When is a faux revitalized downtown better than a real one? A recent edition of the Economist discusses the largely unsuccessful efforts of San Jose, Cal. (now one of the largest and most affluent cities in the nation) its wake up its moribund downtown with subsidies, tax breaks, etc. But theaters, offices, and public transportation can't make Silicon Valley residents socialize in downtown San Jose.
Where are people going? To the mall, of course. But not just any mall. Private developers have noticed that people like to dine outside (especially in the mild California climate), like to stroll past nicely designed stores, and especially like to do so with giant parking lots nearby and security guards making sure that the experience is safe. Hence the boom in manufactured "downtown" nightlife streets, such as Santana Row in San Jose, opened by private developers in 2002. Other examples include the much-ballyhooed Reston Town Center in the outer Virginia suburbs of Washington, and Bay Street, attached to an upscale mall in Tampa. Yes, bring back the city, but maybe bring it back by starting from scratch, and doing it in the suburbs…
Thursday, March 15, 2007
Which is the most urbanized state? No, it’s not in the Northeast; it’s California, where the vast majority of the population is tucked into a handful of great metropolises. This is true even though California is still the nation’s most valuable supplier of agricultural products. With places such as the Los Angeles Basin and the San Francisco Bay area effectively “full” (especially if you’re looking for low-cost housing), where will new Californians live in the 21st century?
The answer seems obvious –- the great Central Valley, which is both America’s vegetable basket and the home of many growing towns and booming cities. One of the fastest growing counties is San Joaquin County, in the heart of the valley. There, the county’s eight cities are getting together to discuss common problems and potential coordinated solutions to dealing the expected doubling of the population over the next 50 years.
It would be wonderful if communities could reach agreements to cooperate on vital land use issues, such as affordable housing and farmland preservation. The Tiebout hypothesis aside, cities should not compete with each other to exclude low-income persons and to push LULUs around. Perhaps the San Joaquin cities will reach agreements for each to accept their fair share of low-cost housing and a fair share of undesirable but necessary land uses. And let’s hope that they don’t decide to push the problems over to the adjoining counties in the Central Valley …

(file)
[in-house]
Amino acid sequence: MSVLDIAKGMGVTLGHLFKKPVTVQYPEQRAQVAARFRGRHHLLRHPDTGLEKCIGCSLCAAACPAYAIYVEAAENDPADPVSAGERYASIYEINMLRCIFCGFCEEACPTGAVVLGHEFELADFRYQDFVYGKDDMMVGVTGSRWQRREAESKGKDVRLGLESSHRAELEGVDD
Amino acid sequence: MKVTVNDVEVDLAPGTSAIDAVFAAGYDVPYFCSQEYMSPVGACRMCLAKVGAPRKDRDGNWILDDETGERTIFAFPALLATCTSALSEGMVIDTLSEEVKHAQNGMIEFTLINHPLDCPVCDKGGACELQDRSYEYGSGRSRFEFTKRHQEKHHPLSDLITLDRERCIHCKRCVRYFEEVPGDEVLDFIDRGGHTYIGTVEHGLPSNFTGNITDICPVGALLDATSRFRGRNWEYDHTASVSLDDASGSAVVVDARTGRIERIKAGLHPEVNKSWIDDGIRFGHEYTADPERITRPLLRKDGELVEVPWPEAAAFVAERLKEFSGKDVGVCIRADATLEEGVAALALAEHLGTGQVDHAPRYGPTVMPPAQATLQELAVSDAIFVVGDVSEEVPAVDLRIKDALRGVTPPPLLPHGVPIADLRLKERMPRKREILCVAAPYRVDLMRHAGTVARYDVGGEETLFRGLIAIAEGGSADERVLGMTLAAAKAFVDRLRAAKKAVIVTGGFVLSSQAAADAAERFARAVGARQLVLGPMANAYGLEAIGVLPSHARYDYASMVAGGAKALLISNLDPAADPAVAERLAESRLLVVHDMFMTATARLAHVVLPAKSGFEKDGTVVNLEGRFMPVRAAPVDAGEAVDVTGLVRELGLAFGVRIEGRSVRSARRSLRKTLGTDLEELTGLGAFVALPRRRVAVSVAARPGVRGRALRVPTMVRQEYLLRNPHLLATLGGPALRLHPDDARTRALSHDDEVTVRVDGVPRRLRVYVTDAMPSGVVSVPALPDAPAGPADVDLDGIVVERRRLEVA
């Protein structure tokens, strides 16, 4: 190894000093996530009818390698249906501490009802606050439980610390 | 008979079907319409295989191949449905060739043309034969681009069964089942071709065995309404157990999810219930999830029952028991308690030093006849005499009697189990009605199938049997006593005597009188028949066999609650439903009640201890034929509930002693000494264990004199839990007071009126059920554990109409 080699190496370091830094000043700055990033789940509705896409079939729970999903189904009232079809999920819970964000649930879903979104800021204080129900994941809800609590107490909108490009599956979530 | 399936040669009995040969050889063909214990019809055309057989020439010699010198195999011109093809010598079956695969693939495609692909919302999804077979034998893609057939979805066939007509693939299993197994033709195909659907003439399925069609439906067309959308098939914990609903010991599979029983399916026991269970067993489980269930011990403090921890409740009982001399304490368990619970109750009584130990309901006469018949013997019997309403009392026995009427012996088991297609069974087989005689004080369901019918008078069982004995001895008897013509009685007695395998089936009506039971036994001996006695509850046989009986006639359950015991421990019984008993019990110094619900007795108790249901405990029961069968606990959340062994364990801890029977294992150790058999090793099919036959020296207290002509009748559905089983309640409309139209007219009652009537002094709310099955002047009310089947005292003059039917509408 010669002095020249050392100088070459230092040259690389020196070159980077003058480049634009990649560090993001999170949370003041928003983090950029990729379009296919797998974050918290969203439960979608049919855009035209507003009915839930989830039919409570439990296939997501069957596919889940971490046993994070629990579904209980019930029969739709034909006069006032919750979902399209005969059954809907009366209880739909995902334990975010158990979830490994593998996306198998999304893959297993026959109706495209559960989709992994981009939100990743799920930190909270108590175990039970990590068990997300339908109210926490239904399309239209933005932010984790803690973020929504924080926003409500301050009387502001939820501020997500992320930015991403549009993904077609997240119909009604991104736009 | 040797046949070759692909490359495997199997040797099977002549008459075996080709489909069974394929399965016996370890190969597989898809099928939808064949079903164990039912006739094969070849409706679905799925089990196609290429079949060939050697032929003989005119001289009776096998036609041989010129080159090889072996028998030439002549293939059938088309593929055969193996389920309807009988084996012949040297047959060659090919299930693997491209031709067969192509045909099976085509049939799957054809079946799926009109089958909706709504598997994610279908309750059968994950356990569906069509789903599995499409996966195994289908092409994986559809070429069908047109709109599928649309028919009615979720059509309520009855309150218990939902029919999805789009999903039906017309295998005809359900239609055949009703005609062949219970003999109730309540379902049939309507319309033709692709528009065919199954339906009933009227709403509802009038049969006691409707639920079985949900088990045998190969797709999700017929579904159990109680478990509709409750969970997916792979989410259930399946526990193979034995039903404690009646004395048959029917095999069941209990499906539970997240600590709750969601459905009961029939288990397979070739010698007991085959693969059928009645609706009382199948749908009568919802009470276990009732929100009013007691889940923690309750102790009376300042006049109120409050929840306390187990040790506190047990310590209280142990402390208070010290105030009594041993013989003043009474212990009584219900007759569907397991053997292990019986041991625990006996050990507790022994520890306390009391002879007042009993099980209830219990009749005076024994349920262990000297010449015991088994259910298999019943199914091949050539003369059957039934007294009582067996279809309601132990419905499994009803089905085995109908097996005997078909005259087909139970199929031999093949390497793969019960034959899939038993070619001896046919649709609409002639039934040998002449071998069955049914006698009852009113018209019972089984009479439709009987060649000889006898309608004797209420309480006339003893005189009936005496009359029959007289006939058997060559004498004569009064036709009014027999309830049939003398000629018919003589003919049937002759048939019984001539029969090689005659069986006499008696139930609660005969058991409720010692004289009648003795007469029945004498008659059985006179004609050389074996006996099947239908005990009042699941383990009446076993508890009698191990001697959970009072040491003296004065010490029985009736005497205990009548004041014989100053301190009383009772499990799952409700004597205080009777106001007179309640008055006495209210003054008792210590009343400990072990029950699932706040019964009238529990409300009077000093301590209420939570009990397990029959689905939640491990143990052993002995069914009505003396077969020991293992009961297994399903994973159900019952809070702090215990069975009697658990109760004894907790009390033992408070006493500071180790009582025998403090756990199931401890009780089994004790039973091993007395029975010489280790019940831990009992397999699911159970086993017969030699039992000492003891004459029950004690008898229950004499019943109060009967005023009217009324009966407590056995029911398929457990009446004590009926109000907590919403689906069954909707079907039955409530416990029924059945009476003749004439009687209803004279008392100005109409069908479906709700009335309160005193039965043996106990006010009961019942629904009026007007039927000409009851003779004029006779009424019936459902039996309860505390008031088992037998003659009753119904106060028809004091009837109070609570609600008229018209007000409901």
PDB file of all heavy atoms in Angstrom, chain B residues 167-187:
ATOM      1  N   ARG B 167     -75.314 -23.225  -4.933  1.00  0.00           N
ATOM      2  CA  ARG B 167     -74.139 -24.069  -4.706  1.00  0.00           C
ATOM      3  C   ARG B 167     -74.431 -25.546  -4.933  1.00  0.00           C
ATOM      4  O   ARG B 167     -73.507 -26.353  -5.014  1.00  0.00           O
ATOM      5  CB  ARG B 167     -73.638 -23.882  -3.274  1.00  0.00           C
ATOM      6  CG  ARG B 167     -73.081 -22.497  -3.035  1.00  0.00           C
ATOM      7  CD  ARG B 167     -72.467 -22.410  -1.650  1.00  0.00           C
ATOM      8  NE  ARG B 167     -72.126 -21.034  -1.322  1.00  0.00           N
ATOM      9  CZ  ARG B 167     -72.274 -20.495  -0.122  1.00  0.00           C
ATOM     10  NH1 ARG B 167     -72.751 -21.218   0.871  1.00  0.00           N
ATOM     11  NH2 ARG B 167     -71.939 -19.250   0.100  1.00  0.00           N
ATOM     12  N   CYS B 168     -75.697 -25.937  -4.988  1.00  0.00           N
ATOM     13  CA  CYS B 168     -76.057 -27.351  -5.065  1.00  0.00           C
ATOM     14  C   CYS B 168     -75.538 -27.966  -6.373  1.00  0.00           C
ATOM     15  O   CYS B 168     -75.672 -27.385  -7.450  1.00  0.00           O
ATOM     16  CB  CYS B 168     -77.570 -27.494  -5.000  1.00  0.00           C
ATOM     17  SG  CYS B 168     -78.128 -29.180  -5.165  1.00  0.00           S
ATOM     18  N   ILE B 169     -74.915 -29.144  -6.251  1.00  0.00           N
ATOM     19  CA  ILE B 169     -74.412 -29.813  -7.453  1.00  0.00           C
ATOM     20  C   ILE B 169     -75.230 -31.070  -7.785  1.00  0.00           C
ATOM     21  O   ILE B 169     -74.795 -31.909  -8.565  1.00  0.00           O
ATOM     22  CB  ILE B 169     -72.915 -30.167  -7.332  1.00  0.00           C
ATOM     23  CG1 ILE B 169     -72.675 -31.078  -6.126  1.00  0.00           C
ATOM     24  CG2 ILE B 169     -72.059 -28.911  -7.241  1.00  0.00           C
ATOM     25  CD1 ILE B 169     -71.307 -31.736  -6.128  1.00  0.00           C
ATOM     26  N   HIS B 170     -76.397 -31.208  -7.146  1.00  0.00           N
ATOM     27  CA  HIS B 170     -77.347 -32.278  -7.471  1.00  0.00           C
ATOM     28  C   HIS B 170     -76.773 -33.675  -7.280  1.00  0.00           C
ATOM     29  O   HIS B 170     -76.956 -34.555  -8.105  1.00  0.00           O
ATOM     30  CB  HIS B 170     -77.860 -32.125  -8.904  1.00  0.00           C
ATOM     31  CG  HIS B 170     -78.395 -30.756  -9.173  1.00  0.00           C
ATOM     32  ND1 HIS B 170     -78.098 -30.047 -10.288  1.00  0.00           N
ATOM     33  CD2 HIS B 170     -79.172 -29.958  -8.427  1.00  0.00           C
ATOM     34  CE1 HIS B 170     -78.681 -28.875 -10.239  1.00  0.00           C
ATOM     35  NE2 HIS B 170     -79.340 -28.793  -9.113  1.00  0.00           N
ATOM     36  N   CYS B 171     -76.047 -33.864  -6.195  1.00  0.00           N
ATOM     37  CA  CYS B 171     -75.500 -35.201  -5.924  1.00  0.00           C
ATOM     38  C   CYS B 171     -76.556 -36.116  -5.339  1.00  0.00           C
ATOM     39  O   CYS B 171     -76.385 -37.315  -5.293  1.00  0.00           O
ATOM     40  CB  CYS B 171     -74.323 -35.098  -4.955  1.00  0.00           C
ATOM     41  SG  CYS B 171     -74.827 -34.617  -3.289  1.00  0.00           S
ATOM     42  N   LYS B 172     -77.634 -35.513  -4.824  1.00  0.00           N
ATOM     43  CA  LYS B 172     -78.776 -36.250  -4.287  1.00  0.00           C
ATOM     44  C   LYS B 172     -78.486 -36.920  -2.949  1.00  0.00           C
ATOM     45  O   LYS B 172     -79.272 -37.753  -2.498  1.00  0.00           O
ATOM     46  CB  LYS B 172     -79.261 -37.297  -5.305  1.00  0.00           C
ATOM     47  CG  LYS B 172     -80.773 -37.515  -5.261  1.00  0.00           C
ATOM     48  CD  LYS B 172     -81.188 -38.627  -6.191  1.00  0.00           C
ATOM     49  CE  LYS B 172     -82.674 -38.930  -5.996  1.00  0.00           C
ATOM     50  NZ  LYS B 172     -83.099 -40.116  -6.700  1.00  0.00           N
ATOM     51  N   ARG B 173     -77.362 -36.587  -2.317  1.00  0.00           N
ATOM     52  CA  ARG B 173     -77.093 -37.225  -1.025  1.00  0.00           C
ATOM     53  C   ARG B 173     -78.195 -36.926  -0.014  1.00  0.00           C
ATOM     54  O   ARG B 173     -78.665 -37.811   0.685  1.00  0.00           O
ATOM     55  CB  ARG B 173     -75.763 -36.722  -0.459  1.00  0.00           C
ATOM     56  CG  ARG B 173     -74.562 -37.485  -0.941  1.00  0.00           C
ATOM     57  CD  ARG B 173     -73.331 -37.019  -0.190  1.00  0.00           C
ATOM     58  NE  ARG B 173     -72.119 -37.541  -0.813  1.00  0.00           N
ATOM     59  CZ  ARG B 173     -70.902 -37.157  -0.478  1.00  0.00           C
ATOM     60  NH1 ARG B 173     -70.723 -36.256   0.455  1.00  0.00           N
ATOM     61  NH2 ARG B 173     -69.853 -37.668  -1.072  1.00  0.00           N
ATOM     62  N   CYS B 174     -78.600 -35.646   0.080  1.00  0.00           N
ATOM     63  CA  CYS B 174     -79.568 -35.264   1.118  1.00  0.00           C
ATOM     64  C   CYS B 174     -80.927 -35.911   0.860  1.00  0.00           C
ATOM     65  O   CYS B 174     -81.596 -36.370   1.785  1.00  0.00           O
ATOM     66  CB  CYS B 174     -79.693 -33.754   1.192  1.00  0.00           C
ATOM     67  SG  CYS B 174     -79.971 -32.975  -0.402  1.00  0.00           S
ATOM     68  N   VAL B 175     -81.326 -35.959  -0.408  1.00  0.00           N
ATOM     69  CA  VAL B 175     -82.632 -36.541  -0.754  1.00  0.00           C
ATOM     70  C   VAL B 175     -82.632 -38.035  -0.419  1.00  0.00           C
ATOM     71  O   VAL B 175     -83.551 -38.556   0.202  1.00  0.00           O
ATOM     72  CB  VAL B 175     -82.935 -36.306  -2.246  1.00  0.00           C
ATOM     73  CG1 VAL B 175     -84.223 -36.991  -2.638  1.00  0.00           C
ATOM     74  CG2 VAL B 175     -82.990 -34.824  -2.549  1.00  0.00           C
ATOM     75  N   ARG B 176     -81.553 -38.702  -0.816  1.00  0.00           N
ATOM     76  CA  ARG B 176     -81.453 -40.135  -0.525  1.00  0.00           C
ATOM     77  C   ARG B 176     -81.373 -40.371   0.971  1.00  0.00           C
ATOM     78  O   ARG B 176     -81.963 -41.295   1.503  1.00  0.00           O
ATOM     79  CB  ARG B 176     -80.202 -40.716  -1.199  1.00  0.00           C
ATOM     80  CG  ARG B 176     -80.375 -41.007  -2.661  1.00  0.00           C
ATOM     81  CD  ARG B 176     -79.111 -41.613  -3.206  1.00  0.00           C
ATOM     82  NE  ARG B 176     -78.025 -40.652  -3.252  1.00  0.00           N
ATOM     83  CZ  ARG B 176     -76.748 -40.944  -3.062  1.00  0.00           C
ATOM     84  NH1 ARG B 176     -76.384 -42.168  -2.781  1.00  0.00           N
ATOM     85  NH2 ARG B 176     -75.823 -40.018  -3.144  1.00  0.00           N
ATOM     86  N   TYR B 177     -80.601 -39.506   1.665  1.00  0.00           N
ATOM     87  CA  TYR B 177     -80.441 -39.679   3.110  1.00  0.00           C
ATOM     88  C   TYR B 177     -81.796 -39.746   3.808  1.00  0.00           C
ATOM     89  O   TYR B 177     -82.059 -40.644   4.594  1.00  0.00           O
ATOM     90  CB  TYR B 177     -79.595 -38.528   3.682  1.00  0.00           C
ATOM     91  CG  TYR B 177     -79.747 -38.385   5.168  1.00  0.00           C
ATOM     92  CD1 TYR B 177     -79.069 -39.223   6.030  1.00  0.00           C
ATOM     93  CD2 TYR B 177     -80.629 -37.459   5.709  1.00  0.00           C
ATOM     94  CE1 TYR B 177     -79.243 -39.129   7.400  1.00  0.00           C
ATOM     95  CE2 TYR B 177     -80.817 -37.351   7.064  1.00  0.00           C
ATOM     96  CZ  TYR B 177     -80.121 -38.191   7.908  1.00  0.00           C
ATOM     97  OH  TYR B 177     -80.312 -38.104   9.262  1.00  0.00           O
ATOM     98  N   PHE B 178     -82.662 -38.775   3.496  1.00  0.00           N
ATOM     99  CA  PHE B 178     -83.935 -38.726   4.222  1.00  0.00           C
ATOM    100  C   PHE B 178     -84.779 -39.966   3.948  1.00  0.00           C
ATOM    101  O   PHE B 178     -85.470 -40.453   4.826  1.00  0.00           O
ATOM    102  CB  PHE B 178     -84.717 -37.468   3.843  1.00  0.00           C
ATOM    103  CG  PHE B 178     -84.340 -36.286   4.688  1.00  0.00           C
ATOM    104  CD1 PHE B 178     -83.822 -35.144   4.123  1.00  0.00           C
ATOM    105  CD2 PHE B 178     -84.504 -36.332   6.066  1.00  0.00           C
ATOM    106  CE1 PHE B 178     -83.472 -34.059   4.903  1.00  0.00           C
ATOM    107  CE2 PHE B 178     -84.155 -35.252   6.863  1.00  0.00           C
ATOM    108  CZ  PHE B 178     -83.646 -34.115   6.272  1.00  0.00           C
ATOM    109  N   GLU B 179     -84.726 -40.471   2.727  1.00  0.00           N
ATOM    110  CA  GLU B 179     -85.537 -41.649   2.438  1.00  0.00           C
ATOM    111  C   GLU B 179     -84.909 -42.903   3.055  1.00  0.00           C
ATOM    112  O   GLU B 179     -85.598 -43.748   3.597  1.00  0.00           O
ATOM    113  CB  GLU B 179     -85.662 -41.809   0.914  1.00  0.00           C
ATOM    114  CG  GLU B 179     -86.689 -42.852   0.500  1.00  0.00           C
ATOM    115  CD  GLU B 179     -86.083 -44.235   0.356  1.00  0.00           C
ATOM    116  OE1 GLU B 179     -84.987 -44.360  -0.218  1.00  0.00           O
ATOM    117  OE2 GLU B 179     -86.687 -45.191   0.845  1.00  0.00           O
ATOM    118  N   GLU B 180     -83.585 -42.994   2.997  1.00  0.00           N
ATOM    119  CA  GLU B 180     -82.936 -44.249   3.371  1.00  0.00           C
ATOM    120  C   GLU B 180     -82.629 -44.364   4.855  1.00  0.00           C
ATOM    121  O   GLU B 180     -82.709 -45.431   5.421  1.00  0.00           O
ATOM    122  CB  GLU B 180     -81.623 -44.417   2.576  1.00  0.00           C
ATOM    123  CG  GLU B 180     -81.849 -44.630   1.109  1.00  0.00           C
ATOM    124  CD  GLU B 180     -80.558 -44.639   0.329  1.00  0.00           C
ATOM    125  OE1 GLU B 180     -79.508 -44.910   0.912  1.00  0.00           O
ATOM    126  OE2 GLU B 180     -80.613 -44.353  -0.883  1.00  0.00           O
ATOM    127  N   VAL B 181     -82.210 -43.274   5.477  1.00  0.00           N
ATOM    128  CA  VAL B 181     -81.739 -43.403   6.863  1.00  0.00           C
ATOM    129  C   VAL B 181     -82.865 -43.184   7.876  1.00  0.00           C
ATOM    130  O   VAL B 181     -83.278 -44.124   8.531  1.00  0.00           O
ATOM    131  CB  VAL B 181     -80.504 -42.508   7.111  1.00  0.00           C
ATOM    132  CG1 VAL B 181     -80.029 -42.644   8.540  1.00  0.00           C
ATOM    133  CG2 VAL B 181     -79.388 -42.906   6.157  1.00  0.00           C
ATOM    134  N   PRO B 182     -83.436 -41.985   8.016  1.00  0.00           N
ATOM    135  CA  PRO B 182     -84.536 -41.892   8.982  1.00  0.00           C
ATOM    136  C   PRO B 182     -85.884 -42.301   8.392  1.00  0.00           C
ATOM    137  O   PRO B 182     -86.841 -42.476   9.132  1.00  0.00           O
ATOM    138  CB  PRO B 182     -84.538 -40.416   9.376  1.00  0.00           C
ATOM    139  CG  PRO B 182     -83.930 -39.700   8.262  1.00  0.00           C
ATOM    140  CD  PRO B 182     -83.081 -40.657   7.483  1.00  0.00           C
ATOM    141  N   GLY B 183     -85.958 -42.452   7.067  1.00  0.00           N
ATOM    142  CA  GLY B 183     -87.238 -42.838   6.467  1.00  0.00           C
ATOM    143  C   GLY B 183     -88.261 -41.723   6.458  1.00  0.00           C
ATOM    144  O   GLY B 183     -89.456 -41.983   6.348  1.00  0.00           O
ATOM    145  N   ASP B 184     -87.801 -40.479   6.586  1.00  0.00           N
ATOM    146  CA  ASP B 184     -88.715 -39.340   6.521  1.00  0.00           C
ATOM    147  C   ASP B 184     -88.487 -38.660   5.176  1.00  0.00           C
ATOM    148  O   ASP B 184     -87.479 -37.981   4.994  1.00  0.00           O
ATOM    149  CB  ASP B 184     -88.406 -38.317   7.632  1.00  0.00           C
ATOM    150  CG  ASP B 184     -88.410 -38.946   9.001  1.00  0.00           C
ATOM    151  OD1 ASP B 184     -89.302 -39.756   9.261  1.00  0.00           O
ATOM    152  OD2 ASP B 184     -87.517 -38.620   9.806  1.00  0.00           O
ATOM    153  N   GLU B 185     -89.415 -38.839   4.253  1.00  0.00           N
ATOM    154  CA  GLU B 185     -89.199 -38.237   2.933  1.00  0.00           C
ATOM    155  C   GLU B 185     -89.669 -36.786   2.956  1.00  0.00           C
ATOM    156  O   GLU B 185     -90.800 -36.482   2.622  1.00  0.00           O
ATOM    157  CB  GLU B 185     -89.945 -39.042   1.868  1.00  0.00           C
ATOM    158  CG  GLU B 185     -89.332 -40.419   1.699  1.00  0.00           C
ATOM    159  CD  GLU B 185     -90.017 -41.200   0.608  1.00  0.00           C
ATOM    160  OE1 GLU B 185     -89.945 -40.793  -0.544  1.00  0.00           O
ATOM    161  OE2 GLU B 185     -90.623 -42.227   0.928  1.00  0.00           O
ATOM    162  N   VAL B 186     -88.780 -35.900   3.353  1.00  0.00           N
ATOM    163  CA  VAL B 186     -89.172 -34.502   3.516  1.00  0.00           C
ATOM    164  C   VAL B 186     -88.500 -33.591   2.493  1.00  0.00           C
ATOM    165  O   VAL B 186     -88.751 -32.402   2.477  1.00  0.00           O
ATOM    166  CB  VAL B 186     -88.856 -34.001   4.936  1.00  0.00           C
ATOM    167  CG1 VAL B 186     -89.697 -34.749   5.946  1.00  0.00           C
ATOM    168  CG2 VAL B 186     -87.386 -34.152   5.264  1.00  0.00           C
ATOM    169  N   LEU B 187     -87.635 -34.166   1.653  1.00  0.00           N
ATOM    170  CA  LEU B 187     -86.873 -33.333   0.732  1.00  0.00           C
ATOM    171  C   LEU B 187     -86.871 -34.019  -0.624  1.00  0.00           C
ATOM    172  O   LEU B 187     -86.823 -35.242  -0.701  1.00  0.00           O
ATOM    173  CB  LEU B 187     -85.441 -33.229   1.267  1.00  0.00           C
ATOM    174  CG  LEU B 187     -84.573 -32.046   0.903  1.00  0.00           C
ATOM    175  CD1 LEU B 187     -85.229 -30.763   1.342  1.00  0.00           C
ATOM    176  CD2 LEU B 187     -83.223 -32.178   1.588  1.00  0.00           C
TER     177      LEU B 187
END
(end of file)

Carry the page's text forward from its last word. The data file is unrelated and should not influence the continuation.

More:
Wednesday, March 14, 2007
Can a “view” be considered public property that government should not be able to take away through land use decisions? In New Jersey, a group is suing the state over a plan to build a memorial to 9/11 in Liberty State Park, across the Hudson River from the site of the former World Trade Center. The group, Friends of Liberty State Park, asserts that the project would block views of the “sacred” site from the park, as well as interfere with use of the park for other purposes. The lawsuit alleges various flaws of due process and public participation requirements.
Should certain “views” be considered part of the public trust that government cannot take away? In California, the state courts in the 1980s ruled that Mono Lake is part of the traditional navigable waters public trust, and that the state government must take steps (which it has) to protect the lake from being shrunk by water transfers to other parts of the state. In the Washington, D.C., area, there was a failed effort to try to stop Virginia from permitting the construction of large apartment buildings in Arlington, across the Potomac River, that are in the line of sight of the great vista from the Capitol steps, down the National Mall, through the Washington Monument, to the Lincoln Memorial. Today, the distant apartments complete the vista, which is no longer quite as stirring.
Although I sympathize with the idea of protecting historic vistas –- views that, once taken away, are hard to recover –- I suggest that this is the sort of issue that usually should be decided through the political process (and perhaps with the help of eminent domain, as in the case of the demolition of the private tower that once loomed over the Gettysburg Battlefield), not by the courts.
Tuesday, March 13, 2007
I’ve written recently about the issue of LULUs and the issue of who has standing to sue government for a land use decision. An interesting matter in Georgia brings these two topics together. The Macon- Bibb County Planning & Zoning Commission yesterday approved a zoning change that would allow the establishment of a new halfway house for convicts who are close to ending their terms in the local federal prison. Of course there is local opposition to this extreme LULU. What is more interesting, however, is that the rezoning also was opposed by a competing halfway house business in Macon. If the new facility is built, there will be more competition for the contract from the federal prison authority.